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The Republican tide that swept the nation made New Mexico about as Republican as it has been since the Great Depression.
We’ve had several Republican governors during that period and once or twice Republicans have captured one of the other statewide offices. But this is the first time a Republican has been elected secretary of state since Jesusita Perrault held the office in 1930.
For many years, the Republican Party and the media have had problems with the secretary of state’s office. The GOP’s primary complaint has been that the office has allowed massive voter fraud to occur throughout the state, although that never has been proven.
The media’s problem has been with the lack of helpful, usable and timely information out of the office. With Dianna Duran, an experienced county clerk soon to be handling matters, let’s hope that both concerns can be adequately addressed.
Although Secretary of State Mary Herrera has been accused of many misdeeds, her biggest political problem seemed a result of difficulties relating to others, including members of her executive staff and county clerks, many of them Democrats.
In the gubernatorial race, Susana Martinez came away with a convincing victory, although not as big as Duran’s victory margin. She will see now what she can do with a Democratic legislature and some big promises made.
The promises are likely to be her biggest obstacle. She has pledged no tax increases during her four-year term and not to reduce public schools or Medicaid, which between them, constitute 60 percent of the state budget.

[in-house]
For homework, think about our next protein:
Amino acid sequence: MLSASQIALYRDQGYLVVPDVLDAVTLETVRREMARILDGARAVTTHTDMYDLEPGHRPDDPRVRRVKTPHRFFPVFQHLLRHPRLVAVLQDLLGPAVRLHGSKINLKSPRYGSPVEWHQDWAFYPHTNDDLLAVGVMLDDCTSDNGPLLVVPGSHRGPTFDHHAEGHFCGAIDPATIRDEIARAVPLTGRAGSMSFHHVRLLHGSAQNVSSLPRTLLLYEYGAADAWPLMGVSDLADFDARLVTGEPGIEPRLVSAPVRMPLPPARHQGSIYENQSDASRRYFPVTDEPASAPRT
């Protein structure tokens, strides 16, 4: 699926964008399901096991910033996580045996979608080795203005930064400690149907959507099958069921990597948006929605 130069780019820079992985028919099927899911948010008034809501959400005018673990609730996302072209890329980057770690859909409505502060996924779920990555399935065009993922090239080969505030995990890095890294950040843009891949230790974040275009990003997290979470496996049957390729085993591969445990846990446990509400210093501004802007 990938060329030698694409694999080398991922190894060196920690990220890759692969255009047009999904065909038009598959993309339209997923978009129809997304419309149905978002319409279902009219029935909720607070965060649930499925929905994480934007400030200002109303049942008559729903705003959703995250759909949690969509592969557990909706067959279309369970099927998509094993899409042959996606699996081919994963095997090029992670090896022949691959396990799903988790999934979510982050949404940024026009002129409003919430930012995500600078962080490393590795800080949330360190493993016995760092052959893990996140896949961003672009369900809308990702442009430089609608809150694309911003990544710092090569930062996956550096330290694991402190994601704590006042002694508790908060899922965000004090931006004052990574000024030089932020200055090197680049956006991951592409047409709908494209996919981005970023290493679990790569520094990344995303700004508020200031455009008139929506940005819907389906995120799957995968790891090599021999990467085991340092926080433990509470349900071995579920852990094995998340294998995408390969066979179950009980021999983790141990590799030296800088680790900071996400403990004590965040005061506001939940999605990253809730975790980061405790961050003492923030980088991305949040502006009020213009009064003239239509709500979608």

In addition, she has promised tax cuts in order to stimulate economic growth.
Tax cuts may have a long-term positive effect on economic growth although Gov. Bill Richardson hasn’t received much credit for his big tax cuts of eight years ago creating any growth.
But the short-term effect of tax cuts is that they must be paid for immediately in order to balance the budget.
Martinez has said she is willing to cut up to $500 million out of the budget in her first year. That kind of cut out of the 40 percent of the budget she is willing to touch would be in the neighborhood of a 25 percent cut to agencies if it is done across the board.
But she may not have to cut that much.
Current legislative projections are for only a $260 million budget shortfall.
The problem with October revenue projections in the past has been that the shortfall tends to increase as the beginning of the January session nears.
The new governor’s biggest problem is that she can’t cut government spending or reduce taxes on her own.
She must convince the legislature to send her legislation authorizing what she wants.
Both houses are controlled by Democrats so Martinez must seek some bipartisan agreement.
That is something she didn’t mention throughout her campaign.
But legislative election results may have produced some good news for her. The Democratic majority in the House has been reduced from a 45-25 margin to a 37-33 spread.
The last time Republican numbers were that close to the Democrats, a controlling coalition was the result.
Several conservative southern Democrats and opportunistic northern Democrats were convinced to join Republicans in return for committee chairmanships and other favors.
The state Senate is now controlled by such a coalition, which elected conservative Chavez County Democrat Tim Jennings as president pro tem of the Senate.
The difference in this situation is that Democrats are still in control of the Senate but under the leadership of someone other than their party caucus’ choice.
Under the situation that existed in the House during much of the 1980s, Republicans, even though they were outnumbered by Democrats, controlled the House.
The current situation dictates that present House Speaker Ben Lujan lead in a much more bipartisan manner than he might otherwise.
That bipartisan leadership may be just what Martinez needs to accomplish her goals.